THEATRE / Leading the life of a dog: Paul Taylor on Steven Berkoff's One Man at the Garrick Theatre

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The Independent Culture
Like Richard Goolden and Moley, like Pavlova and the Dying Swan, Steven Berkoff and the role of a rabid Rottweiler were made for each other. He impersonates Roy, a 'tank with teeth', in the last of the three solo turns that make up his One Man show at the London Garrick Theatre. He also plays Roy's owner, a skinhead Millwall supporter and, as he effects lightning switches of identity between the beer- swilling yob and the fang-baring, lead-straining mutt, you are hard put to say which is the less burdened with sensitivity.

After all, the yob may down 30 pints ('Oink, oink, oink') and then barf them up in such copious quantities that he has to breast-stroke back to the surface, but Roy, who loves a chicken chow mein 'even if it's been keeping warm in my guts for the past six hours', wins few points for politesse for his methods of pavement- clearance. And both of them are subject to the same lurches between sentimentality and violence. You're just thankful that it's only humans who follow team sports.

The piece is electrically performed but doesn't actually aim at a tricky target. The same goes for 'The Actor' which skewers the envy, insecurities and driven egotism of the acting profession as Berkoff tries to keep up his paces on the endless treadmill of auditions, false camaraderie, failed private life, new woman et cetera. As in 'Dog', much of the comedy depends on grotesque physical exaggeration: the vigorous congratulatory handshake, for example, that turns into a semi-murderous throttle. There's also a slightly spooky sisyphean feel, particularly at the end when the lights fade on the actor, still pacing on his perpetual motion loop, but flailing now and intoning the same phrase from his audition piece 'or not to be, or not to be, or not to be . . .'.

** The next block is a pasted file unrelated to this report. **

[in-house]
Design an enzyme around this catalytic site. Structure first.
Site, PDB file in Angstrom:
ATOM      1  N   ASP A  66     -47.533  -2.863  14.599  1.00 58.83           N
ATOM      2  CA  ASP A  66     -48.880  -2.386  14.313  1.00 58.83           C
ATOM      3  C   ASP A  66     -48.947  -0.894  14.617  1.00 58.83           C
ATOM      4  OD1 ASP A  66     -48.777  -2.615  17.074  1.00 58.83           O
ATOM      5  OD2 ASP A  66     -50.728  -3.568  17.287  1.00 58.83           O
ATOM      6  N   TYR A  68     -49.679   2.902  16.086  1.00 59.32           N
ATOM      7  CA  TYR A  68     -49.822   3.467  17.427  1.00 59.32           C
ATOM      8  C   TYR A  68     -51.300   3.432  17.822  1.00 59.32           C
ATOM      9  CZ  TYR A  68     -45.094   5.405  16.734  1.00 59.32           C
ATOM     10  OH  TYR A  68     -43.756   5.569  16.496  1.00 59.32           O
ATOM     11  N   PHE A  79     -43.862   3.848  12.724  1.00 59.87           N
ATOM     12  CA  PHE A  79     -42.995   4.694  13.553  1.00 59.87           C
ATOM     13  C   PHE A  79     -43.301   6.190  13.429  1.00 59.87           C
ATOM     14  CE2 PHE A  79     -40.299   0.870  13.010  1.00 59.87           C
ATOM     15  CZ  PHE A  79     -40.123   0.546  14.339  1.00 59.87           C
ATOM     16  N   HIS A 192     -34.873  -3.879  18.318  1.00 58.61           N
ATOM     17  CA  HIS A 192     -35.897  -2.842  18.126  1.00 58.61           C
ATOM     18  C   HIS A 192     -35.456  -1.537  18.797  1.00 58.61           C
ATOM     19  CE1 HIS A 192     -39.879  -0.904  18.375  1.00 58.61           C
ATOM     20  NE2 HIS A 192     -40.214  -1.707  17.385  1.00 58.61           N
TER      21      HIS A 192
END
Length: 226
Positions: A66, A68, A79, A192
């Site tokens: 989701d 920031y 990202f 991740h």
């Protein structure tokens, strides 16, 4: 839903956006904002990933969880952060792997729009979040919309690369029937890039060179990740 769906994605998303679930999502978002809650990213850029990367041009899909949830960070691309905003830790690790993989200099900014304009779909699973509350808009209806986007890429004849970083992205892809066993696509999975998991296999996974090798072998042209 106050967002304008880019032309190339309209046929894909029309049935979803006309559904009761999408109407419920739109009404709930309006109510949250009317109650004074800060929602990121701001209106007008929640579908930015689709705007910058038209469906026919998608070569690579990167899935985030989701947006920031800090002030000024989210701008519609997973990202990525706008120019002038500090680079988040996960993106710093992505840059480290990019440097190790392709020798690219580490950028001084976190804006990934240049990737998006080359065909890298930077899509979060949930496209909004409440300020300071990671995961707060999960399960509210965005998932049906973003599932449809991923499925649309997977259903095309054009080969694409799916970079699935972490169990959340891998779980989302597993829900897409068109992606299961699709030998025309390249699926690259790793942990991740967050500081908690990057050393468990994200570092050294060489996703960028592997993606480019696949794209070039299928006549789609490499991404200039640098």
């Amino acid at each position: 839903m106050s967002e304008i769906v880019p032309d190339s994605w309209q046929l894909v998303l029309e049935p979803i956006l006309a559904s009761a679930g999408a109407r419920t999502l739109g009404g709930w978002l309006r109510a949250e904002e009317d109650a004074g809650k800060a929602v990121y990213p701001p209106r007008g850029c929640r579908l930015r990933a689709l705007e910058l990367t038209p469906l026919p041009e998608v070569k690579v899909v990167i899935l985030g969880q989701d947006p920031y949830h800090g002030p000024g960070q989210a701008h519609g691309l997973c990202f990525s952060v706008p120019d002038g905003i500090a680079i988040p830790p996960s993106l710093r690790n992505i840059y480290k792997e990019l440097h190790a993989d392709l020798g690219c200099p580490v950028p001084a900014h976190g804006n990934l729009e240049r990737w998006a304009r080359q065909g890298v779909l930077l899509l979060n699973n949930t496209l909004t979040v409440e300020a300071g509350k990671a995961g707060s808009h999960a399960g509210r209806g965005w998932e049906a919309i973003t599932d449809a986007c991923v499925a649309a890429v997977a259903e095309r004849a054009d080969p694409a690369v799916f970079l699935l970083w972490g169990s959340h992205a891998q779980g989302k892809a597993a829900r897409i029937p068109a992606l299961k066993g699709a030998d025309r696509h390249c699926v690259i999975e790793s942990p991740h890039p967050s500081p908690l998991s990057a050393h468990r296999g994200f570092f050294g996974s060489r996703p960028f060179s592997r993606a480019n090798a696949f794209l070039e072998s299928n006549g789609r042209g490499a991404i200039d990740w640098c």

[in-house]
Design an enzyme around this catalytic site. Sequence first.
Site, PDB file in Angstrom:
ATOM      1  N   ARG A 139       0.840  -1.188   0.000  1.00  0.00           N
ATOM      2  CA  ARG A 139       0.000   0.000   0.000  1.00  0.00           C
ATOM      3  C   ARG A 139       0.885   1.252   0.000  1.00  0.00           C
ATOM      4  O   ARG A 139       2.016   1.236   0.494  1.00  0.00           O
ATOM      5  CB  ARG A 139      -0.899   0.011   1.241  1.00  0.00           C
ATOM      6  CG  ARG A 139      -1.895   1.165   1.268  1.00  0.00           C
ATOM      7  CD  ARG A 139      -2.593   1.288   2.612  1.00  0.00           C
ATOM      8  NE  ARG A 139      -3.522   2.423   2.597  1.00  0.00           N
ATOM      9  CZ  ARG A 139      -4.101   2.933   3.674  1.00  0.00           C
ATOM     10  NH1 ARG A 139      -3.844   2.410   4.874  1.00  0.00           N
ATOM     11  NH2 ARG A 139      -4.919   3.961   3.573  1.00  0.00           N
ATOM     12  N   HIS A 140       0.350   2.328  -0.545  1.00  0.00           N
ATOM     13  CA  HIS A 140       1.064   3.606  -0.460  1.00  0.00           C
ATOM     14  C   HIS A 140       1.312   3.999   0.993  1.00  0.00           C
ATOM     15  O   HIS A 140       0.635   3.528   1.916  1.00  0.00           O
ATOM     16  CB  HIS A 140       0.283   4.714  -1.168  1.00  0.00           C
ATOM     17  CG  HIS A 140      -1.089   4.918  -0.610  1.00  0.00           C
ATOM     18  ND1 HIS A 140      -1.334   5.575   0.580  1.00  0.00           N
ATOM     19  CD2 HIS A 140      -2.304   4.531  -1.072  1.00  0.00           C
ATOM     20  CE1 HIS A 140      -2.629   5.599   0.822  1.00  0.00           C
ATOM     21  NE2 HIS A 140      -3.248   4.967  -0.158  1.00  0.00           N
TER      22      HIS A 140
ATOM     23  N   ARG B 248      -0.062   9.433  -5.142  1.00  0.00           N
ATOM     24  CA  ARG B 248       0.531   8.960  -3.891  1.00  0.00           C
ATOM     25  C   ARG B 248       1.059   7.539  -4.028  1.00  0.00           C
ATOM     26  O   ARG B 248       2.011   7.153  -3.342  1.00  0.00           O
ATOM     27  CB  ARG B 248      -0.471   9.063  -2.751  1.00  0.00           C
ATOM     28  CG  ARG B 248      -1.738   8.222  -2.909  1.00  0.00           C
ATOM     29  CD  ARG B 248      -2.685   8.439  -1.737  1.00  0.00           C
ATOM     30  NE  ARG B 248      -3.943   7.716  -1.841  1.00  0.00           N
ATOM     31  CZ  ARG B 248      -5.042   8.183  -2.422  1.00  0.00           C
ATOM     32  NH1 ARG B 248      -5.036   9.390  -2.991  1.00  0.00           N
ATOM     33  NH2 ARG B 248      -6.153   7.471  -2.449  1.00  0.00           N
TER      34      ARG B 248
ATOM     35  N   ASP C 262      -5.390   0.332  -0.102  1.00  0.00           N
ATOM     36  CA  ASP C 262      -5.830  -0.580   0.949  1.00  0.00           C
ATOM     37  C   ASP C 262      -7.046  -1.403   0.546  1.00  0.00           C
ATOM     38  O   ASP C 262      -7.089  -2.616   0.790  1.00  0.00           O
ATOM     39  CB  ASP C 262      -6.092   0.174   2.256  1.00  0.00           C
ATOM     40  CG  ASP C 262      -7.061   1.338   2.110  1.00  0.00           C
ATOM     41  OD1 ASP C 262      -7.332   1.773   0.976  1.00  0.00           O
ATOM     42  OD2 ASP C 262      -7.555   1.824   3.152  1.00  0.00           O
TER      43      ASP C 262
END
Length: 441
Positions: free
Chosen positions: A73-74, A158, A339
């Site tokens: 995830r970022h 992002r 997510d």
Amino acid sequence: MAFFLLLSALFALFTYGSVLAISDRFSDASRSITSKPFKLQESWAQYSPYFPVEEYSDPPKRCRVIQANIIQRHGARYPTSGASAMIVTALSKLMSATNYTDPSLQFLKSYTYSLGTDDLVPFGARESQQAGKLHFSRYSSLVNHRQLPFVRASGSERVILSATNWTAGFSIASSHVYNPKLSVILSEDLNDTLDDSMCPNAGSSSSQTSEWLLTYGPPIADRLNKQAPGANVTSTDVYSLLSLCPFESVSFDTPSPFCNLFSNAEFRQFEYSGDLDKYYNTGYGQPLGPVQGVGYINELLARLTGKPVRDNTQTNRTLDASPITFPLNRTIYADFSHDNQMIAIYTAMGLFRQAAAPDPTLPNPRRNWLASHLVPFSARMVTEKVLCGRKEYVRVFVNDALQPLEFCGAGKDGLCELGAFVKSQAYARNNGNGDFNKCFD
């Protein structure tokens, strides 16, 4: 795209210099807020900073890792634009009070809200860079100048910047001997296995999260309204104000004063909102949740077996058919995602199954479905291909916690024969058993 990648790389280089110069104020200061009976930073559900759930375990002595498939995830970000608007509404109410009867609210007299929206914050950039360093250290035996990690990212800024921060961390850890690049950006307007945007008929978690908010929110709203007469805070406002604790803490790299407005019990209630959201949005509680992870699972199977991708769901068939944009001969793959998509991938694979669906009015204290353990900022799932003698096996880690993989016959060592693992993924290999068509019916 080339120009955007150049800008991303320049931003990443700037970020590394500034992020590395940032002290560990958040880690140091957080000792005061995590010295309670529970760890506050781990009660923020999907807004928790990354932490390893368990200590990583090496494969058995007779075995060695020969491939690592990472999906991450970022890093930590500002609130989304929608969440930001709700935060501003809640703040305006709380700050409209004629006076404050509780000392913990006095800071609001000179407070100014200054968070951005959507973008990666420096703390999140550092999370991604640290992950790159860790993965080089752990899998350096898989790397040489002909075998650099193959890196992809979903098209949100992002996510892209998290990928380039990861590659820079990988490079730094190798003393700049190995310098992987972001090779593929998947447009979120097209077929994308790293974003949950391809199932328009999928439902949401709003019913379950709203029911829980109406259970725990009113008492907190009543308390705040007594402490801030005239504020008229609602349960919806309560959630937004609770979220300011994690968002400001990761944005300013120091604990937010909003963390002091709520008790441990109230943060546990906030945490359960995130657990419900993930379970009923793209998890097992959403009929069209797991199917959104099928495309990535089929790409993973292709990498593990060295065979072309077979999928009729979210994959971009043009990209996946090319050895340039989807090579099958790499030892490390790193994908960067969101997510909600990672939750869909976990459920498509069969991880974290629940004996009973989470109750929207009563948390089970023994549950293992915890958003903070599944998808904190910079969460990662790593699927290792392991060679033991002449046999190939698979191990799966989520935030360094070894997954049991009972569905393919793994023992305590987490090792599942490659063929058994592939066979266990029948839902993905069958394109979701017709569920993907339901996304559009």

These two items, which form the second half of the show, are, to my taste, more successful than the preceeding work, Berkoff's adaptation of the Edgar Allan Poe story 'The Tell Tale Heart'. The submarine slowness of pacing that so suited the decadent languors of Berkoff's Salome badly detracts from the tension of this tortured tale in which the mad narrator murders an old man to avoid his haunting stare. It's a study of obsession and nerve-wracked self-revelation (unable to endure the sound of the dead heart beating under the floorboards, the murderer exposes himself), but Berkoff's version is so full of jokey-Gothic digressions (insane facial contortions; or bits of irrelevant business, like the long demented display of tongue-dangling on the word 'stealthily') that the narrator comes across as a self-defeating paradox: a monomaniac who keeps getting sidetracked.